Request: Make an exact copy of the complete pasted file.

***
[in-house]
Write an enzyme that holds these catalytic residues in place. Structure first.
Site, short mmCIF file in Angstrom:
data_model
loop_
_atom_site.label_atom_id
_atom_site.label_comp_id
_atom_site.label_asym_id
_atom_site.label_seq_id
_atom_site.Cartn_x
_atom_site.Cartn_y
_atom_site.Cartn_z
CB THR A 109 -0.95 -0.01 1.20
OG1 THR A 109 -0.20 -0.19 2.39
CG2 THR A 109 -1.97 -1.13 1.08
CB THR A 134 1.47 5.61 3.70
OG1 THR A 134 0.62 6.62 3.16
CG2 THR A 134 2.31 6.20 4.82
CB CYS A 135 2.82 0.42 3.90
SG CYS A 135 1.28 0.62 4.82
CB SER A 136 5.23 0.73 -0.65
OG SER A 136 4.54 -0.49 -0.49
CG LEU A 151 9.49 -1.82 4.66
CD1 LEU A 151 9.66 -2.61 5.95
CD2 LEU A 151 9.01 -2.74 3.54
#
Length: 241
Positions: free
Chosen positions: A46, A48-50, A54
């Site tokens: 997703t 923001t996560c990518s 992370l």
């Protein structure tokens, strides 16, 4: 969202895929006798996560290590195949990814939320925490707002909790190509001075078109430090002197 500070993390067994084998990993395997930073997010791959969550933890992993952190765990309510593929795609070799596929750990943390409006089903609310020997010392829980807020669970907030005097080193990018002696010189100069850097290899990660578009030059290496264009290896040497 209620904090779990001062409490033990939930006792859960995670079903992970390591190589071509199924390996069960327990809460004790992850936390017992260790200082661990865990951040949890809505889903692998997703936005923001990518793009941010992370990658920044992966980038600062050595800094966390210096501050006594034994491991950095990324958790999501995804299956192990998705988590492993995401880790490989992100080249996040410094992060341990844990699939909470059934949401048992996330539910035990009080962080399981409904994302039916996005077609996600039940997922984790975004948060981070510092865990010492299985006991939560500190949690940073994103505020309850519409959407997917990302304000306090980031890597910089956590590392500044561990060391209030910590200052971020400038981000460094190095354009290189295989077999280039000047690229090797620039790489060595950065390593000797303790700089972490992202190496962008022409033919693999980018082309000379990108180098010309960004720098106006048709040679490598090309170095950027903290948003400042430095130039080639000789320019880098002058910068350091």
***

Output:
[in-house]
Write an enzyme that holds these catalytic residues in place. Structure first.
Site, short mmCIF file in Angstrom:
data_model
loop_
_atom_site.label_atom_id
_atom_site.label_comp_id
_atom_site.label_asym_id
_atom_site.label_seq_id
_atom_site.Cartn_x
_atom_site.Cartn_y
_atom_site.Cartn_z
CB THR A 109 -0.95 -0.01 1.20
OG1 THR A 109 -0.20 -0.19 2.39
CG2 THR A 109 -1.97 -1.13 1.08
CB THR A 134 1.47 5.61 3.70
OG1 THR A 134 0.62 6.62 3.16
CG2 THR A 134 2.31 6.20 4.82
CB CYS A 135 2.82 0.42 3.90
SG CYS A 135 1.28 0.62 4.82
CB SER A 136 5.23 0.73 -0.65
OG SER A 136 4.54 -0.49 -0.49
CG LEU A 151 9.49 -1.82 4.66
CD1 LEU A 151 9.66 -2.61 5.95
CD2 LEU A 151 9.01 -2.74 3.54
#
Length: 241
Positions: free
Chosen positions: A46, A48-50, A54
């Site tokens: 997703t 923001t996560c990518s 992370l």
């Protein structure tokens, strides 16, 4: 969202895929006798996560290590195949990814939320925490707002909790190509001075078109430090002197 500070993390067994084998990993395997930073997010791959969550933890992993952190765990309510593929795609070799596929750990943390409006089903609310020997010392829980807020669970907030005097080193990018002696010189100069850097290899990660578009030059290496264009290896040497 209620904090779990001062409490033990939930006792859960995670079903992970390591190589071509199924390996069960327990809460004790992850936390017992260790200082661990865990951040949890809505889903692998997703936005923001990518793009941010992370990658920044992966980038600062050595800094966390210096501050006594034994491991950095990324958790999501995804299956192990998705988590492993995401880790490989992100080249996040410094992060341990844990699939909470059934949401048992996330539910035990009080962080399981409904994302039916996005077609996600039940997922984790975004948060981070510092865990010492299985006991939560500190949690940073994103505020309850519409959407997917990302304000306090980031890597910089956590590392500044561990060391209030910590200052971020400038981000460094190095354009290189295989077999280039000047690229090797620039790489060595950065390593000797303790700089972490992202190496962008022409033919693999980018082309000379990108180098010309960004720098106006048709040679490598090309170095950027903290948003400042430095130039080639000789320019880098002058910068350091």